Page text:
Whose Rules: What’s at Stake in North Carolina

By Joelle Gamble, Emma Frantz |

Voting opens in all U.S. states tomorrow morning, and the presidency, Congress, our courts, and our state houses are all on the line. But in North Carolina, where voters have been casting ballots since October 20, the election has already begun. Changing demographics, recently revoked Voter ID laws, and a robust organizing community have made North Carolina a critical state in determining the outcome of the election and progressive policy fights at the state and local level. This is not a role the state is accustomed to, and there is palpable enthusiasm among voters here, who are aware that their vote could change the course of history.

Joelle has been canvassing in Durham County, where volunteers covered the entire county in just one day this past Saturday. Now, volunteers are moving to new counties, reaching more voters than organizers expected. Emma, based at UNC-Charlotte, has been working on getting voters in Mecklenburg County registered to vote. She and other students worked to bring attention to local and state candidates by canvassing fellow students before early voting started.

As young progressives, we hope this enthusiasm will translate into the polls and beyond this week, as many of our top issues are at stake. In North Carolina, we have the potential to:

Support an accessible and successful education system

Currently, North Carolina ranks below the national average on several education issues, including teacher and staff salaries, the growth rate of these salaries over time, and the share of revenue going into the public school system. We must reinvest in quality public education.

Maintain a prosperous economy

North Carolina is one of the fastest growing economies in the country. The state has become home to many industry-leading companies and growing business sectors in areas such as biotechnology, energy, finance, and information technology. We must implement policies that attract new business rather than discriminatory laws that push them away. The draconian HB2, for instance, was incredible harmful for the transgender community and setback our growing business sector.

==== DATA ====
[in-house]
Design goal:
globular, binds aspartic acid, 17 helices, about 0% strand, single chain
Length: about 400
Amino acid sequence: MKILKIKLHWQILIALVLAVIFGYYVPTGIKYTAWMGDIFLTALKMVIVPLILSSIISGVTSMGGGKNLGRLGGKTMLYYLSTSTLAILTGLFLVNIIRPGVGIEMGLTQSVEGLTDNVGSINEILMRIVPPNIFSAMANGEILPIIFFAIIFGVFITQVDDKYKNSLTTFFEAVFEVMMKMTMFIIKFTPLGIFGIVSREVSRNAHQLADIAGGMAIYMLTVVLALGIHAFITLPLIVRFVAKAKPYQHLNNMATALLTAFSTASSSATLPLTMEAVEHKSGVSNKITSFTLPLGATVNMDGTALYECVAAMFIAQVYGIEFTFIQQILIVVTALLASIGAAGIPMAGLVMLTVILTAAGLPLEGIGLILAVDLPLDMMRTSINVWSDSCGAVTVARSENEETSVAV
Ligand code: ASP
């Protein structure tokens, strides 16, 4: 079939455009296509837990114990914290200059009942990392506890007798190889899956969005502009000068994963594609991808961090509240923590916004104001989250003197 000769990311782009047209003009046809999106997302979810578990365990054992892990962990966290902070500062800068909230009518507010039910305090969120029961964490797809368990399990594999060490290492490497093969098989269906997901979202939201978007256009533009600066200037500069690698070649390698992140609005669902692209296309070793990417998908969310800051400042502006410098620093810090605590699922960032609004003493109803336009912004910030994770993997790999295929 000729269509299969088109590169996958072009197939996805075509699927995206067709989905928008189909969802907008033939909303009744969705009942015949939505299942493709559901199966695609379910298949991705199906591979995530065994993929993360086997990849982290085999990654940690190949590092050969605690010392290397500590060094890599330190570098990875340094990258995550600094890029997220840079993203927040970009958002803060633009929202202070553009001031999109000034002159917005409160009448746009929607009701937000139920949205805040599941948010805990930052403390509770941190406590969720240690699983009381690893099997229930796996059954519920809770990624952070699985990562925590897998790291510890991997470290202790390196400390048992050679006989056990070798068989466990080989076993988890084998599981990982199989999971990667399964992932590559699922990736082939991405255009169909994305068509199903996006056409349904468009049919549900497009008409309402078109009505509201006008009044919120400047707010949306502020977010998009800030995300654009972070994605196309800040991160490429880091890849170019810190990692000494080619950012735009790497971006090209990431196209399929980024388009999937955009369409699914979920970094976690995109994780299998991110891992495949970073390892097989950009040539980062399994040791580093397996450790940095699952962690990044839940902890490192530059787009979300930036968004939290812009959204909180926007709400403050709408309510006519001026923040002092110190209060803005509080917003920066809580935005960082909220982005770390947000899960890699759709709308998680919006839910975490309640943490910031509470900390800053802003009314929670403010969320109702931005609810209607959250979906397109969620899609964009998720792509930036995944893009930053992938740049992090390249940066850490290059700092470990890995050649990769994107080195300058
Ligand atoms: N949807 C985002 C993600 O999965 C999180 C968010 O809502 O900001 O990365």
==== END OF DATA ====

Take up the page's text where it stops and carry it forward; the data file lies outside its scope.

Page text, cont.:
Serve the interests of our diverse communities

Recent protests in the city of Charlotte, among other areas, have shined light on issues of human rights and equality. Police brutality and discrimination against the transgender community are just two of the potent issues facing the state. We must prioritize making communities safe and fair for all, regardless of race, ethnicity, or income level.

Ensure equal access to health care for all

Access to quality, affordable health care is a necessity for everyone, especially underserved populations such as low-income individuals and families, racial and ethnic minorities, and rural communities. All children and adults deserve to live healthier, more productive lives.

Expand clean energy and work to protect our environment

A strong economy and a healthy environment go together. Practicing alternative energy production will be a boon to our state.

Provide equal access for all to engage in our democracy

Gerrymandering of districts and passing restrictive voting laws limit access to democracy for marginalized populations. Decreasing these barriers and prioritizing equal access will allow our residents to be more responsive and contribute to the health of our democracy.

North Carolina has the potential to become a state with progressive leadership that invests in the people of the state rather than continuing its string of discriminatory and backward-facing policies. Organizers across the state have been working diligently for months and years to move those most affected by these policies into action. We believe that if enough voters go to the polls before tomorrow evening, we may see a turning point in North Carolina politics on Wednesday.

Joelle Gamble is a Senior Advisor to the President & CEO of the Roosevelt Institute.

Emma Frantz is a senior and Roosevelt chapter head at UNC Charlotte.